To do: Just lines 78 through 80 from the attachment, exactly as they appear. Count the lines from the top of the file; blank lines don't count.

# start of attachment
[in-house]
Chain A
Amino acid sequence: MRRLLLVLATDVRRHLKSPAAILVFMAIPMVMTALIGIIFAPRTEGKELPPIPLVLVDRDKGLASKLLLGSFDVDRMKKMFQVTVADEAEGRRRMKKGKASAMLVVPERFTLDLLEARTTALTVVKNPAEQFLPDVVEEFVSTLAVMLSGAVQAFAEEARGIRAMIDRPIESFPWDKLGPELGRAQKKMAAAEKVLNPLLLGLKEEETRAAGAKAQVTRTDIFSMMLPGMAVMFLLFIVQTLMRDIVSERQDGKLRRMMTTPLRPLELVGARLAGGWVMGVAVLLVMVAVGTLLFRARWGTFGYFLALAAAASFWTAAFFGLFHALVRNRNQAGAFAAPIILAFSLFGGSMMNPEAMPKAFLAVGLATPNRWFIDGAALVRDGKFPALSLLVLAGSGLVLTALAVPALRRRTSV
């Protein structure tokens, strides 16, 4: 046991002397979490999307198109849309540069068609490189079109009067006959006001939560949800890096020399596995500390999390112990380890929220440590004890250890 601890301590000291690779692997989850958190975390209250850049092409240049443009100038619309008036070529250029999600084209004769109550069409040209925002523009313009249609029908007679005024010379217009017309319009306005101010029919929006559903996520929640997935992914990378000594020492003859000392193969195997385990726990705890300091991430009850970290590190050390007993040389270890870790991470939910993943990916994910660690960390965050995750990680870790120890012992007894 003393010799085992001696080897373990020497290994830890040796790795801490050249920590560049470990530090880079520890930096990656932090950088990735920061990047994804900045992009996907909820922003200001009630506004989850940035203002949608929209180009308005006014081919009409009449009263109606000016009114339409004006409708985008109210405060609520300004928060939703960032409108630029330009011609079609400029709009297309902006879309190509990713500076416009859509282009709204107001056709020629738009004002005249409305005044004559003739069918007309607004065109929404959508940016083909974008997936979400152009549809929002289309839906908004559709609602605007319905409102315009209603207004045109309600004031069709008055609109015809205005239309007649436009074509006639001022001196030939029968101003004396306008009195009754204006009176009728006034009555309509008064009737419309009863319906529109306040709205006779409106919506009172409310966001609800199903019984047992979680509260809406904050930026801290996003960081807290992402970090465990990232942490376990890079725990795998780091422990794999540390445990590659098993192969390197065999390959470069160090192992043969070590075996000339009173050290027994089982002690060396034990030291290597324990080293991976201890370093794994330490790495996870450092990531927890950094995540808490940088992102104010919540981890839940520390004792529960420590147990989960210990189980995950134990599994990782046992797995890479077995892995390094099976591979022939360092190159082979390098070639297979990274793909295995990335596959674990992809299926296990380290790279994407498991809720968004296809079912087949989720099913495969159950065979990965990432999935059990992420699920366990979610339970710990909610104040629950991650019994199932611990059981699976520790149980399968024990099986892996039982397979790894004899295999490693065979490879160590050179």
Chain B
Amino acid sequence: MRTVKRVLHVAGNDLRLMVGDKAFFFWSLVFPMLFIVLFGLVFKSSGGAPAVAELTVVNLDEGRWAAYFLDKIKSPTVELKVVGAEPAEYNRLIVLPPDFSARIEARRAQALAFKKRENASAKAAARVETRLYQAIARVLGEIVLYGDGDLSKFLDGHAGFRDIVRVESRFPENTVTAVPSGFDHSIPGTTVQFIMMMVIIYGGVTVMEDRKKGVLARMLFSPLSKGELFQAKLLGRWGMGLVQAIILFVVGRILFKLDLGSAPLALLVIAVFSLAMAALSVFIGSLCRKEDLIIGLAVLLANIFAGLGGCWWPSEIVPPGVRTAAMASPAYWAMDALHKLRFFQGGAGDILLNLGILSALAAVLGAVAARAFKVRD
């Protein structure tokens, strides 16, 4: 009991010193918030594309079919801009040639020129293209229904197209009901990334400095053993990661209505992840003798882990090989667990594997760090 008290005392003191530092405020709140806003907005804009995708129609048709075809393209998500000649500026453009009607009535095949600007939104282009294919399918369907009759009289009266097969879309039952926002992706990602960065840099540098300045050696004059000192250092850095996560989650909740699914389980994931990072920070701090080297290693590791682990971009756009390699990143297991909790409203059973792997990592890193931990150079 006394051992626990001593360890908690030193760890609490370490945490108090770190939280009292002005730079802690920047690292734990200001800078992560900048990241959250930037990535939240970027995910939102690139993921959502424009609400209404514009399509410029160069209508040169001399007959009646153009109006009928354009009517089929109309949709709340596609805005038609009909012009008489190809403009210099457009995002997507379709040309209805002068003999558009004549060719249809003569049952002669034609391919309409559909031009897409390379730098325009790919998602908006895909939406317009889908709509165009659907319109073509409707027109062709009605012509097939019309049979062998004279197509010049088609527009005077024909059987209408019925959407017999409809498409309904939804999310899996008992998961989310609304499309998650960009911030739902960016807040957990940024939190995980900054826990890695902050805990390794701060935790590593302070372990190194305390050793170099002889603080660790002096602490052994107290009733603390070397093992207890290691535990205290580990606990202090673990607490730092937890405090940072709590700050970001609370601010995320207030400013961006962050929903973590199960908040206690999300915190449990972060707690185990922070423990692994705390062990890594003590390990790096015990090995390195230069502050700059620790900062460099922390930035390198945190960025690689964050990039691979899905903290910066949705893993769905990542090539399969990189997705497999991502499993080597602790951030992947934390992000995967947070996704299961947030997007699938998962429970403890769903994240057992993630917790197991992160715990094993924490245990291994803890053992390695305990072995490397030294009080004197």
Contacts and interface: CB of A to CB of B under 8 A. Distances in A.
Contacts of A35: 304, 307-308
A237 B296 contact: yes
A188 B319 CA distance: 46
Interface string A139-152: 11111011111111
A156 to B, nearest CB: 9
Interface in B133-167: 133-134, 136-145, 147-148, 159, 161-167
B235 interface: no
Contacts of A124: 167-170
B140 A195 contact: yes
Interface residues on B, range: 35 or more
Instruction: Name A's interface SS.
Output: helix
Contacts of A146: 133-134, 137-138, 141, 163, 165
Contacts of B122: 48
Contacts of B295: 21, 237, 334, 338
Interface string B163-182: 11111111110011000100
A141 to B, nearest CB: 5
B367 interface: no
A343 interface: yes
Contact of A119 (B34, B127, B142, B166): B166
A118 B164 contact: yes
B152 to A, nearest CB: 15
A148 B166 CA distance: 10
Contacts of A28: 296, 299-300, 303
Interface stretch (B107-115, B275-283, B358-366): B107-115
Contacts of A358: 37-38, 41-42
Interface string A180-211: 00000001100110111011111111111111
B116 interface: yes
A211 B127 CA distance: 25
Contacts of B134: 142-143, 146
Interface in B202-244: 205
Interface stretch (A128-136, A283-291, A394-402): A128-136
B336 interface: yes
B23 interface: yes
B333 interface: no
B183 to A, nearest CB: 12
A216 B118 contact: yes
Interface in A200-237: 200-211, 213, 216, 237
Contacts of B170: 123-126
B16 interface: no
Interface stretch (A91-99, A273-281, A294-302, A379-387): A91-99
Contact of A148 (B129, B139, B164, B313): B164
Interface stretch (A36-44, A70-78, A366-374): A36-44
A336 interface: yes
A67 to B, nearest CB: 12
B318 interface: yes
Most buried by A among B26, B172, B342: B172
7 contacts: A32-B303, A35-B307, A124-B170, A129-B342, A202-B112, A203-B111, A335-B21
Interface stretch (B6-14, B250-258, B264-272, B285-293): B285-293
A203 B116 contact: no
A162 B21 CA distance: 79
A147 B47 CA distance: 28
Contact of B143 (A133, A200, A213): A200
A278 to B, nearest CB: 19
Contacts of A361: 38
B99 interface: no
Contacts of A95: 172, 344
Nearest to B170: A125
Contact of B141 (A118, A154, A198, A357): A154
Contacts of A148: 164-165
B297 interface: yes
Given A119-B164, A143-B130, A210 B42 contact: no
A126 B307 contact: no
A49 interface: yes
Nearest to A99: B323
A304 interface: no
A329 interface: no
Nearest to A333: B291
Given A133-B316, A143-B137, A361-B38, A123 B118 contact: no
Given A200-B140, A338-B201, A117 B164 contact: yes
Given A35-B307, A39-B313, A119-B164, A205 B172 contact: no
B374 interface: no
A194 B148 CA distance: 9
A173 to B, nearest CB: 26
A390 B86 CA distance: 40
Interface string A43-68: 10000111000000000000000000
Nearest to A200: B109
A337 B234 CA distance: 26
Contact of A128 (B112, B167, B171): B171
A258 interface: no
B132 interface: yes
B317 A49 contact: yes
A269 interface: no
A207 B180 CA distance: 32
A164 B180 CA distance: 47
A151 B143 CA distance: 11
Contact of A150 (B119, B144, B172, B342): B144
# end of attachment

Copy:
Given A200-B140, A338-B201, A117 B164 contact: yes
Given A35-B307, A39-B313, A119-B164, A205 B172 contact: no
B374 interface: no